Different shading systems are used for each elevation to address the varying orientations of intense sunlight. The south facade of the Teaching Block features white and wood grain aluminum sun-shade panels applied both horizontally and vertically, enriching the facade and visually reducing its volume. The north side primarily uses horizontal sun shades. The canteen and gymnasium, facing west, have denser vertical sunshades arranged at optimized angles to account for the sun’s incidence direction during the summer solstice.

Light activates color and space, giving materials various expressions. The 17-meter-high columns and expansive roof, both made of fair-faced concrete, are highlighted through the interplay of light and shadow, creating a rhythmic and spiritual experience. Abstract geometric volumes are finished in colored texture paint—red for passion, blue for calmness, and yellow for liveliness—infusing the space with drama and emotion, akin to a dynamic oil painting. The interior is illuminated by diffused daylight through skylights, combining with the hues of colors and shadows to create a spiritual and mystical balance, nourishing the soul and stimulating the mind.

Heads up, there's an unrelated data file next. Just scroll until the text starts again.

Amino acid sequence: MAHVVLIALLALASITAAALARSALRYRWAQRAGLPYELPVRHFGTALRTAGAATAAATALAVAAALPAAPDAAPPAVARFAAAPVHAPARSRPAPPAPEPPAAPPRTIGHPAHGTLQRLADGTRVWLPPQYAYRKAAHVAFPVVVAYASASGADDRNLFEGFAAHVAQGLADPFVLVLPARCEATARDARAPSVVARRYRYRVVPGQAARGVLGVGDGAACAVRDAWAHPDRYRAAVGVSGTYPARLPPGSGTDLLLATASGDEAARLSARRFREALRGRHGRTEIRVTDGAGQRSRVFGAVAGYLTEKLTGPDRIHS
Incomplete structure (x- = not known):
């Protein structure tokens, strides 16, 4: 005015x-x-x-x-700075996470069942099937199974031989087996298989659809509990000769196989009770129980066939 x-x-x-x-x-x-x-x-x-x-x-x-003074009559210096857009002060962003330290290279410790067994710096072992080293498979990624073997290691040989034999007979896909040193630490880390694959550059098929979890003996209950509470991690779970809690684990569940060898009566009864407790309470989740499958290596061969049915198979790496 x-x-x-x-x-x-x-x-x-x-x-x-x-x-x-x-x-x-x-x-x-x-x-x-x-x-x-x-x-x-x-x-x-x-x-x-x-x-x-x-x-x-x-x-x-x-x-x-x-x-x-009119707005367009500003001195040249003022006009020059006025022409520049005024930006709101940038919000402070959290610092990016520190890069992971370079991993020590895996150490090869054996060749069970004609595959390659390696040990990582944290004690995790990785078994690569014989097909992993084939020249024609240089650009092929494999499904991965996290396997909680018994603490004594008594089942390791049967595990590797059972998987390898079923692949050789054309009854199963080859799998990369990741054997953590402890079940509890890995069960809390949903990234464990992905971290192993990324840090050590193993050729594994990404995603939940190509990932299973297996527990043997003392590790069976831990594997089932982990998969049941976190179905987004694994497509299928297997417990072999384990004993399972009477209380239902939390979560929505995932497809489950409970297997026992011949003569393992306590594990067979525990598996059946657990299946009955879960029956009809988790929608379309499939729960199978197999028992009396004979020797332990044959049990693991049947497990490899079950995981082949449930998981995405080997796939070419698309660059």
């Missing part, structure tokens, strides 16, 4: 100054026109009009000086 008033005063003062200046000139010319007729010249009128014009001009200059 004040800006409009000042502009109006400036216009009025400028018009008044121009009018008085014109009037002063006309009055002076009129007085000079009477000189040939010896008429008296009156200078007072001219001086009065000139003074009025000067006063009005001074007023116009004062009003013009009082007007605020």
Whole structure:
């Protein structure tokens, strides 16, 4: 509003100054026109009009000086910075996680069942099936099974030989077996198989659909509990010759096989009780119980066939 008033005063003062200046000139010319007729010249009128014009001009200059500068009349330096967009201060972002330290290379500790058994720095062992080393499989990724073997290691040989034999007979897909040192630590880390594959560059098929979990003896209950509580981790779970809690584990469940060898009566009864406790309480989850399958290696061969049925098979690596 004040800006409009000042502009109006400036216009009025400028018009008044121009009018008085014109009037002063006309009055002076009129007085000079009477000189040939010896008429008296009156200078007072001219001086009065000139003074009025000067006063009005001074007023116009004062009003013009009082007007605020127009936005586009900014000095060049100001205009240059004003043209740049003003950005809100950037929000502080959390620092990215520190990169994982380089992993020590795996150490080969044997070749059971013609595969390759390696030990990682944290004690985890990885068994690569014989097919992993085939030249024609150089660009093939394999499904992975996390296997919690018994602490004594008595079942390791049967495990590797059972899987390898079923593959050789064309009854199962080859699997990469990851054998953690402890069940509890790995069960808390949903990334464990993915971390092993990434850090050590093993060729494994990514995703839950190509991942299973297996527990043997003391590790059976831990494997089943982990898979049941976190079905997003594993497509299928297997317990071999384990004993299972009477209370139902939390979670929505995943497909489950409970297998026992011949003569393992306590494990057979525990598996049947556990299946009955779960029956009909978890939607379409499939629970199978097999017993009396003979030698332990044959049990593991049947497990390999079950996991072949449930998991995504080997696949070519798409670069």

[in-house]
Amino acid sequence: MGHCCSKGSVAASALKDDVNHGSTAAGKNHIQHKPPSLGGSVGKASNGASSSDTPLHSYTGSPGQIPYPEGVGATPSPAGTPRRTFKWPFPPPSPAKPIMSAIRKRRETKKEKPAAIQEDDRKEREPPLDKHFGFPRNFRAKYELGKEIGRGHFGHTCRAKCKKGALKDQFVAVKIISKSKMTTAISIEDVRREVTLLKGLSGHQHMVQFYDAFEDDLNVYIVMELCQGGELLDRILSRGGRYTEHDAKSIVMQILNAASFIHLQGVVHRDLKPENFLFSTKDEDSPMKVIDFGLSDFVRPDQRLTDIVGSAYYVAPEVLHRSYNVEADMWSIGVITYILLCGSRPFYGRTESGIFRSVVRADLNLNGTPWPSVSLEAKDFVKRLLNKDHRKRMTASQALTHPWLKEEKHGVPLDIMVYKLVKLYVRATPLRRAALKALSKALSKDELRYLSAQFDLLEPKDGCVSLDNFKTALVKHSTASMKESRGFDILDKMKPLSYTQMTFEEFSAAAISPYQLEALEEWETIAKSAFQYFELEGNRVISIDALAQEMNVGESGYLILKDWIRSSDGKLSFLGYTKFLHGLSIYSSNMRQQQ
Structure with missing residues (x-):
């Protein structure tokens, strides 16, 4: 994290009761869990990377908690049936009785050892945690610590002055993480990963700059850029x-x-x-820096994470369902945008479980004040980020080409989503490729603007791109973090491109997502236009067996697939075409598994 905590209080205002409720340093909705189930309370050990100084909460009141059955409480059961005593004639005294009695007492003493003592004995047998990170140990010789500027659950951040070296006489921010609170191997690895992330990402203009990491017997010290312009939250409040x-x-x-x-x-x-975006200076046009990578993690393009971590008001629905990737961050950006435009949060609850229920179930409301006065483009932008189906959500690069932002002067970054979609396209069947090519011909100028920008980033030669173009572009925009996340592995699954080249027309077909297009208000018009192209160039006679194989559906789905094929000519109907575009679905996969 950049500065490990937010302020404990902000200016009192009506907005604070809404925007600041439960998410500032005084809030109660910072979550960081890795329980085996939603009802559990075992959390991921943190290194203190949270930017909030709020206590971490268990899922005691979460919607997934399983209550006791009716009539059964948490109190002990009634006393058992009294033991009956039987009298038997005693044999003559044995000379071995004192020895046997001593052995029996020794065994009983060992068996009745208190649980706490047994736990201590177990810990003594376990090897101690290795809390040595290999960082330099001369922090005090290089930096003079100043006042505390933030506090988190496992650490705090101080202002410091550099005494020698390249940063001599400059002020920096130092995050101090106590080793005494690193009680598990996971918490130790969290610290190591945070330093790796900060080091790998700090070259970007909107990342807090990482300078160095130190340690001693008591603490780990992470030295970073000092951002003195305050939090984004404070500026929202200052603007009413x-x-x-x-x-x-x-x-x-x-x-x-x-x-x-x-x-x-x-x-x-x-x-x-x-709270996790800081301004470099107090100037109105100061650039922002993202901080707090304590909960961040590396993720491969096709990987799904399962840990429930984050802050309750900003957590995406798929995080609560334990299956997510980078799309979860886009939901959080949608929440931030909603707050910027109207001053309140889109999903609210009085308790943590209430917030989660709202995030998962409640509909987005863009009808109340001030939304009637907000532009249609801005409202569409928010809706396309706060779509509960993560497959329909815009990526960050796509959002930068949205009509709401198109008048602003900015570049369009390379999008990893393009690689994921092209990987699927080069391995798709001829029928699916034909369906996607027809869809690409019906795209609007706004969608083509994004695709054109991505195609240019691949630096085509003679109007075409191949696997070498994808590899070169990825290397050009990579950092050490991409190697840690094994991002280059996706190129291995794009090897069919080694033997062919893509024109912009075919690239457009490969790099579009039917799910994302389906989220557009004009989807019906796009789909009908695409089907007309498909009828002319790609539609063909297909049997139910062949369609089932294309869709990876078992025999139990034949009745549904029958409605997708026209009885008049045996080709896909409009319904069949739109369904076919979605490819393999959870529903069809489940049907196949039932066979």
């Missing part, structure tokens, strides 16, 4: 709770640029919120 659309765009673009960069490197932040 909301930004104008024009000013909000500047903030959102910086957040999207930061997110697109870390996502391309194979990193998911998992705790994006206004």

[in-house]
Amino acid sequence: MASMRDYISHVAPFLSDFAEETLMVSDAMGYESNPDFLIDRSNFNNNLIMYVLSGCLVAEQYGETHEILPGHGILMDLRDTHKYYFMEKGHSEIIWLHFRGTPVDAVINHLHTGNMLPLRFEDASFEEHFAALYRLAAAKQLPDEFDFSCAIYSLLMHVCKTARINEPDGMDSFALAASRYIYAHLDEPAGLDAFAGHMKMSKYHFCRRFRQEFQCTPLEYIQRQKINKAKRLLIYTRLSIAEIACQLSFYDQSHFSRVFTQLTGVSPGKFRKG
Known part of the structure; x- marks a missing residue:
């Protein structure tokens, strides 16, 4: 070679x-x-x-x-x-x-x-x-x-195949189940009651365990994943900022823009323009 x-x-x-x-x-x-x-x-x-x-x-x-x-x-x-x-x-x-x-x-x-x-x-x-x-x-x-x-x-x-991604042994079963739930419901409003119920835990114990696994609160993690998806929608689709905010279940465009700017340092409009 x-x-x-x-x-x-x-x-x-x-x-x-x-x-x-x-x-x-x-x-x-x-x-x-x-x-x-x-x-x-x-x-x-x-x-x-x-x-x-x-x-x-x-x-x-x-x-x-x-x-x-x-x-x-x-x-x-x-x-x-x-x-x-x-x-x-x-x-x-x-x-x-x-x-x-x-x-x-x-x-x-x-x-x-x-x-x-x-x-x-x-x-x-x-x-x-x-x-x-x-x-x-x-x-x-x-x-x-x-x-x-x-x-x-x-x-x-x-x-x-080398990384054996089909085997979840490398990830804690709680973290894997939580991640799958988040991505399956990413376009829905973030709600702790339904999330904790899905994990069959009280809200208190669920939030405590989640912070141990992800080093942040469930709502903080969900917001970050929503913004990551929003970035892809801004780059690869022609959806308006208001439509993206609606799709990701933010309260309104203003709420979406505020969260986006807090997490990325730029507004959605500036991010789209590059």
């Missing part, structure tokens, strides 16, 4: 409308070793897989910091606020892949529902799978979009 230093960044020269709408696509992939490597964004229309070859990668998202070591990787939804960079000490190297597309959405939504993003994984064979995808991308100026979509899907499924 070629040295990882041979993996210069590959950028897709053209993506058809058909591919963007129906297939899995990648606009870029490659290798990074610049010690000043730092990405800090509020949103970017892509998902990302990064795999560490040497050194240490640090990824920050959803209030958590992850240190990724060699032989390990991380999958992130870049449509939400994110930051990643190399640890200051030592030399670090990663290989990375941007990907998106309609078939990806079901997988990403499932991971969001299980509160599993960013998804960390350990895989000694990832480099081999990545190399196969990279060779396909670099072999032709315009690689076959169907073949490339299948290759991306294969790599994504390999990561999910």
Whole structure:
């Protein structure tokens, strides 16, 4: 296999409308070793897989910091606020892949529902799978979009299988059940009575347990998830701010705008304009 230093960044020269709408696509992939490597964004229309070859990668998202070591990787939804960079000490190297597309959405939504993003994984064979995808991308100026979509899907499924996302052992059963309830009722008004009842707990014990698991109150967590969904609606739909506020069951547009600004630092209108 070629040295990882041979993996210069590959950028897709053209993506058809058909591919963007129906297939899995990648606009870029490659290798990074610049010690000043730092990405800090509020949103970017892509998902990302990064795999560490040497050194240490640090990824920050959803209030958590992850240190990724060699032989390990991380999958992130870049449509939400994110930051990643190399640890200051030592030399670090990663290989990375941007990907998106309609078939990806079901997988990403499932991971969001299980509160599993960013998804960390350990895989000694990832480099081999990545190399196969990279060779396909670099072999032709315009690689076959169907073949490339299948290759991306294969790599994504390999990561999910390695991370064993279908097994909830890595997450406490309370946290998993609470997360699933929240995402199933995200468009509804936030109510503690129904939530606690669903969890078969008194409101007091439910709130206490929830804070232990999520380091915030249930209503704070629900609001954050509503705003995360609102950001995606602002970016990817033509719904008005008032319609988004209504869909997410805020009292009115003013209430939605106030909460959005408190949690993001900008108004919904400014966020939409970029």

Haikou jiangdong huandao experimental school / tao (trace architecture office)

The kindergarten is located on the southwest side of the campus with its own entrance. Despite the limited space, the design aims to create an environment where children can run freely. A loop of circulation is created, connecting different levels with various ramps, allowing for continuous and homogeneous movement throughout the building. The roof extends from the ground, while the center of the building—configured like a figure eight—serves as both the endpoint and starting point of the journey. Classrooms are designed with double-sided semi-open corridors. The outer corridor serves as the main circulation space, while the inner corridor, a combination of flat floor and steps, faces the inner courtyard, forming a covered balcony for relaxation and communication. The middle layer of the building is elevated to open up more shaded outdoor activity space, which actively responds to Hainan’s tropical climate. This design also creates angled intersection spaces scaled to fit children, becoming unique and exciting hotspots for fun and social interaction.

Haikou jiangdong huandao experimental school / tao (trace architecture office)

The kindergarten, teaching blocks, and dormitory building of the senior high school are interconnected through a unified organic architectural language. Children move seamlessly from the ground to the sky and from indoors to outdoors, growing up freely on this borderless campus.

Haikou jiangdong huandao experimental school / tao (trace architecture office)
Project Gallery
Project Location

Address: Haikou, Hainan, China